When the Steam Deck handheld gaming console launched last year, it was tough to tell whether the device was a portable PC or a Nintendo Switch competitor. It was also unclear whether the Steam Deck would succeed or fail.
Preorders took months to arrive, software support and compatibility were shaky, and the battery life was (and still is) decidedly unimpressive. But after a year of effort and updates, this little $400 device has become my favorite way to play games, and I’d recommend the Steam Deck to anyone who likes to tinker but doesn’t want to build a gaming desktop.
I’ve always been drawn to handheld gaming gadgets, starting with chintzy Tiger handhelds and moving my way up through several Game Boys, numerous Nintendo DS units, the PlayStation Portable, the PlayStation Vita, and a whole host of Android-based emulation devices. I find playing games on a handheld console, even with a small screen, to be more immersive than playing on a giant television or monitor. Like reading a book, using a handheld feels like a private moment, just for me. The Steam Deck is the current embodiment of everything I’ve been looking for.
The Steam Deck is a handheld PC, or a PC-based portable console, made by Valve, a company that was once known for games such as Half-Life, Portal, Counter-Strike, and DOTA 2 but is now more known for its digital PC game store, Steam. The Steam Deck runs a custom version of the Linux operating system called SteamOS (though the device can also run Windows, if you choose to install it).
The Steam Deck has a lot going for it. The machine’s portability gives you the flexibility to play anywhere. It has a massive catalog of games, so you can easily find something to play. It’s built on an open-source operating system, so you can tinker with it for hours on end. That openness comes at the cost of usability—it’s not as plug-and-play as, say, a Nintendo Switch. But it’s also not as complicated as a gaming PC, and because it’s repairable, you can extend the life of the device for as long as its software is supported.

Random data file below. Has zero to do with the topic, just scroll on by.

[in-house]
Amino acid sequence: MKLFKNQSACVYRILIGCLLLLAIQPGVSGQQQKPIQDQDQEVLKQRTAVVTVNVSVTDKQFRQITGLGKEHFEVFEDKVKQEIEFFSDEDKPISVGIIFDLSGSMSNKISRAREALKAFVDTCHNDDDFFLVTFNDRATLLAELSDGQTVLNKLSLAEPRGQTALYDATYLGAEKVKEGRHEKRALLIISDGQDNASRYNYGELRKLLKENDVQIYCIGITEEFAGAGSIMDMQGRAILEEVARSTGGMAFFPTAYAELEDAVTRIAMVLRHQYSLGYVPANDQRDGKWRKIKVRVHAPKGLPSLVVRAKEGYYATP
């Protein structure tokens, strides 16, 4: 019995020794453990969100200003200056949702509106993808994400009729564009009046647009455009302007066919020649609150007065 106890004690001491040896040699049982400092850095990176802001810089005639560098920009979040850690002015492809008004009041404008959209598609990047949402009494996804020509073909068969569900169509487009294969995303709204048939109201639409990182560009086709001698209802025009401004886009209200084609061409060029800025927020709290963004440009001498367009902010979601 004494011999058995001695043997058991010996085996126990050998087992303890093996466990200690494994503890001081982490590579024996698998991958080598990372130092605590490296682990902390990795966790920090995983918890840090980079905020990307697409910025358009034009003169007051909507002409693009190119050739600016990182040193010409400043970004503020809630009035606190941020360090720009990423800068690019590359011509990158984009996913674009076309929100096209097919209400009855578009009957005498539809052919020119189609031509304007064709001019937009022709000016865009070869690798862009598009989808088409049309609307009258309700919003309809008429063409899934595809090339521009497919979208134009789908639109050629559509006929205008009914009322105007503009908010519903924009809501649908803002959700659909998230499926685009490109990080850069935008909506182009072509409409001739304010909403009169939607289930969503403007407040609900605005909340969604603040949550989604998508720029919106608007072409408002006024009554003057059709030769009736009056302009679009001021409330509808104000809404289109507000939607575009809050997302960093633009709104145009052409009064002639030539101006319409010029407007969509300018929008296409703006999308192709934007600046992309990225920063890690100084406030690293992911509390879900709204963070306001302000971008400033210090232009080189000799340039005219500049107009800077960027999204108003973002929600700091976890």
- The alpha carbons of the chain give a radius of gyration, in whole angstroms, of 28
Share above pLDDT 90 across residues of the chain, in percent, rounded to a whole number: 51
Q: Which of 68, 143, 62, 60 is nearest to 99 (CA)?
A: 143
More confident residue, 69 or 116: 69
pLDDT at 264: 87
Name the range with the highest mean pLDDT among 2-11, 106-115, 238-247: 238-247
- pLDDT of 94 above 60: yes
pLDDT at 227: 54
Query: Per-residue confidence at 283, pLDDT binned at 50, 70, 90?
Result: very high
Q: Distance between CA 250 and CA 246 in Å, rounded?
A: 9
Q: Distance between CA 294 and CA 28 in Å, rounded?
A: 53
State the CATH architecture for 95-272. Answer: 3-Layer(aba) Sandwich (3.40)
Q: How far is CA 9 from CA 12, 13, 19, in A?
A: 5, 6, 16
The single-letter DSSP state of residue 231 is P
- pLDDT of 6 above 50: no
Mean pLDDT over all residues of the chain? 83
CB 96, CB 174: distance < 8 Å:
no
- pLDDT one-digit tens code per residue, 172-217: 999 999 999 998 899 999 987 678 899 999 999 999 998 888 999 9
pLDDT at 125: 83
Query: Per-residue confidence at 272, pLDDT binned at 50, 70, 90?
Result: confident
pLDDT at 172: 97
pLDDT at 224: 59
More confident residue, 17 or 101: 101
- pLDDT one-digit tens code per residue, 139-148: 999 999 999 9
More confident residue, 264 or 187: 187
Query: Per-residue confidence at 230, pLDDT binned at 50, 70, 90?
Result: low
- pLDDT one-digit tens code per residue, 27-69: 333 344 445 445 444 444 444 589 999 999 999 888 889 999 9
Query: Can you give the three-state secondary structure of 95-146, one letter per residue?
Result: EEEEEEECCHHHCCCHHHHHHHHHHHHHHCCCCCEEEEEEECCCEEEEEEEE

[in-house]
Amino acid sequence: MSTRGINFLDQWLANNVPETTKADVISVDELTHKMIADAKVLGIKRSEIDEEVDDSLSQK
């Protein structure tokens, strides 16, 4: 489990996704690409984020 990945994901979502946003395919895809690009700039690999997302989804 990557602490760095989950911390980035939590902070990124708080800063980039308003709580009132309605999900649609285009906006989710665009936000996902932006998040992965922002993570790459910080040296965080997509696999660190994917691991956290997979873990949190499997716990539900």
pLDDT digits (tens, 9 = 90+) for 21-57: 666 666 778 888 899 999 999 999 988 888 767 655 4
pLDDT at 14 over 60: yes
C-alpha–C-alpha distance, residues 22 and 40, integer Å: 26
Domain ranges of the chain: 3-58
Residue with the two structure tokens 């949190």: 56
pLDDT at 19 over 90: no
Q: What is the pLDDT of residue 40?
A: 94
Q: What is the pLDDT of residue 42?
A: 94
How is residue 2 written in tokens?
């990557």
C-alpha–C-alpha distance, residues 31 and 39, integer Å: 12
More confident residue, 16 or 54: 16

I was skeptical when Valve announced the Steam Deck in July 2021. At that point, the device was only available for preorder, with the first batch of deliveries scheduled for the following February. Valve has a history of releasing underperforming physical products, ranging from a more traditional console-like computer to a controller that didn’t sell well. Before the Steam Deck, countless companies had tried to pull off a handheld PC with mediocre (or just really expensive) results. And when the Steam Deck shipped, early reactions seemingly validated my initial skepticism. Reviewers were lukewarm on the Steam Deck’s Linux-based software, and although most people still saw some promise in the device, getting over the compatibility issues and software quirks that early adopters faced was a difficult hurdle. At the device’s launch, many